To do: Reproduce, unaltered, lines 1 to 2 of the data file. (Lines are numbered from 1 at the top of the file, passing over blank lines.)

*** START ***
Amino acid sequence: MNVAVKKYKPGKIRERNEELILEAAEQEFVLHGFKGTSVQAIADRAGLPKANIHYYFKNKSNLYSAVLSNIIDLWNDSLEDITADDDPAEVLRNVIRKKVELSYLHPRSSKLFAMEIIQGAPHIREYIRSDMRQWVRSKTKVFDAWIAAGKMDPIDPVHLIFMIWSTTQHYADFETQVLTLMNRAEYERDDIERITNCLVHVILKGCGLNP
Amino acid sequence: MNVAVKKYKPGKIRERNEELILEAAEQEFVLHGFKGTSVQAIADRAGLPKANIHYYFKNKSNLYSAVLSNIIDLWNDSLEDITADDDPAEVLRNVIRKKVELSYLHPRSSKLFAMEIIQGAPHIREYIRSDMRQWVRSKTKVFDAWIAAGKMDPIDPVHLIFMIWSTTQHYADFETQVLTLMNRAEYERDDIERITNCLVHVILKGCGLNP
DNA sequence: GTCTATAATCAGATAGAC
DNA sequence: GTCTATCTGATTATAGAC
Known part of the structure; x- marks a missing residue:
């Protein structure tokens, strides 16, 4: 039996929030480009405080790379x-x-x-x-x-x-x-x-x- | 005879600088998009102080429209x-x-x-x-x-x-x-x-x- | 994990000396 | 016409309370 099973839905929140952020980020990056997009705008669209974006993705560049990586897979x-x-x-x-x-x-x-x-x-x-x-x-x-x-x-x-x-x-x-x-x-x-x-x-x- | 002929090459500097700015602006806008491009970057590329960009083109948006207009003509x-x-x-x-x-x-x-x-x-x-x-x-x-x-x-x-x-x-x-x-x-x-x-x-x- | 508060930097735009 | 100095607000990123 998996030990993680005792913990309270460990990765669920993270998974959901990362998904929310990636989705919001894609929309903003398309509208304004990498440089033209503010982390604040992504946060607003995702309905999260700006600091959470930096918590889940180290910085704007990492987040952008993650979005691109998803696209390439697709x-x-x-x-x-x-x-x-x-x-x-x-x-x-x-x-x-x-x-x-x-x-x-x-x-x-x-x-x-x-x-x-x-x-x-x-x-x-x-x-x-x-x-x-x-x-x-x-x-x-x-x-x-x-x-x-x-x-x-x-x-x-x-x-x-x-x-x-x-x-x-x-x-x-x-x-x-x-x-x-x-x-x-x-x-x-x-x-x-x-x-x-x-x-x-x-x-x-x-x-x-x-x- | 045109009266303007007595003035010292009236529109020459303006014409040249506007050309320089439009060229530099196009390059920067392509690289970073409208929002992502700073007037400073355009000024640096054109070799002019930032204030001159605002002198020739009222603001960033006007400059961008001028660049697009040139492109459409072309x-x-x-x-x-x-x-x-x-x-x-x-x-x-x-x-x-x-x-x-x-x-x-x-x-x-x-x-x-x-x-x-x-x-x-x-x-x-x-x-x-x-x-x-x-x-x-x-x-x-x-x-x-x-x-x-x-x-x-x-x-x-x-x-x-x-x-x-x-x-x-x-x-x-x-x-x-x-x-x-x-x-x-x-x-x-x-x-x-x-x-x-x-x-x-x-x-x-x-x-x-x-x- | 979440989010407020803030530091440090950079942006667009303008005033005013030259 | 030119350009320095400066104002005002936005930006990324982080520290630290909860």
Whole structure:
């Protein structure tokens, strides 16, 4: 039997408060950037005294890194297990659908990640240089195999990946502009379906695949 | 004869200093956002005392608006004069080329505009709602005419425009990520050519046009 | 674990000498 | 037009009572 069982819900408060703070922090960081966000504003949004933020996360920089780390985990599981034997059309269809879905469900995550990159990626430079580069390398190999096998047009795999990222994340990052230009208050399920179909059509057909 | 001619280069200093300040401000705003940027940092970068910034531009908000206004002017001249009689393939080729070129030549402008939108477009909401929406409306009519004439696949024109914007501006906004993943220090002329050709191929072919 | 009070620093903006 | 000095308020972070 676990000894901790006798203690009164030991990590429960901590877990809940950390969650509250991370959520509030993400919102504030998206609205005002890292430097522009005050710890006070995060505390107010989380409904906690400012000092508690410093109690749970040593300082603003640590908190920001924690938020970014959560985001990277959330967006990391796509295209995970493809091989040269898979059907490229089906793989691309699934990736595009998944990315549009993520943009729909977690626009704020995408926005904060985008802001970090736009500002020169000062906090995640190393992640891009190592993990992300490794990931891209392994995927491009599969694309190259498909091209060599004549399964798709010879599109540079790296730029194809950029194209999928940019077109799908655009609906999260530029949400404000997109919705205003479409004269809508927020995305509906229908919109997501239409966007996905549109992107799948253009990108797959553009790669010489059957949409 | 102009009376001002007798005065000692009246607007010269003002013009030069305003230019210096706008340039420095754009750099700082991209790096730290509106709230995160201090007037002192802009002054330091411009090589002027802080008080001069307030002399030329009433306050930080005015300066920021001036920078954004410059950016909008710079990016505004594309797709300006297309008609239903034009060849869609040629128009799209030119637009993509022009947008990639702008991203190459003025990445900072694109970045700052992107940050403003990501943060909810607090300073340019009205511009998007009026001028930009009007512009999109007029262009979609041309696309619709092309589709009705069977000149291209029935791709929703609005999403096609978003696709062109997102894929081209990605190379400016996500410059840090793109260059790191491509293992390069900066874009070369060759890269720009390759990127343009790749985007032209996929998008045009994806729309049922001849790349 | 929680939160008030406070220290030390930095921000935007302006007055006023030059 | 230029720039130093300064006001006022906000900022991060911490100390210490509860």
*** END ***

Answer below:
Amino acid sequence: MNVAVKKYKPGKIRERNEELILEAAEQEFVLHGFKGTSVQAIADRAGLPKANIHYYFKNKSNLYSAVLSNIIDLWNDSLEDITADDDPAEVLRNVIRKKVELSYLHPRSSKLFAMEIIQGAPHIREYIRSDMRQWVRSKTKVFDAWIAAGKMDPIDPVHLIFMIWSTTQHYADFETQVLTLMNRAEYERDDIERITNCLVHVILKGCGLNP
Amino acid sequence: MNVAVKKYKPGKIRERNEELILEAAEQEFVLHGFKGTSVQAIADRAGLPKANIHYYFKNKSNLYSAVLSNIIDLWNDSLEDITADDDPAEVLRNVIRKKVELSYLHPRSSKLFAMEIIQGAPHIREYIRSDMRQWVRSKTKVFDAWIAAGKMDPIDPVHLIFMIWSTTQHYADFETQVLTLMNRAEYERDDIERITNCLVHVILKGCGLNP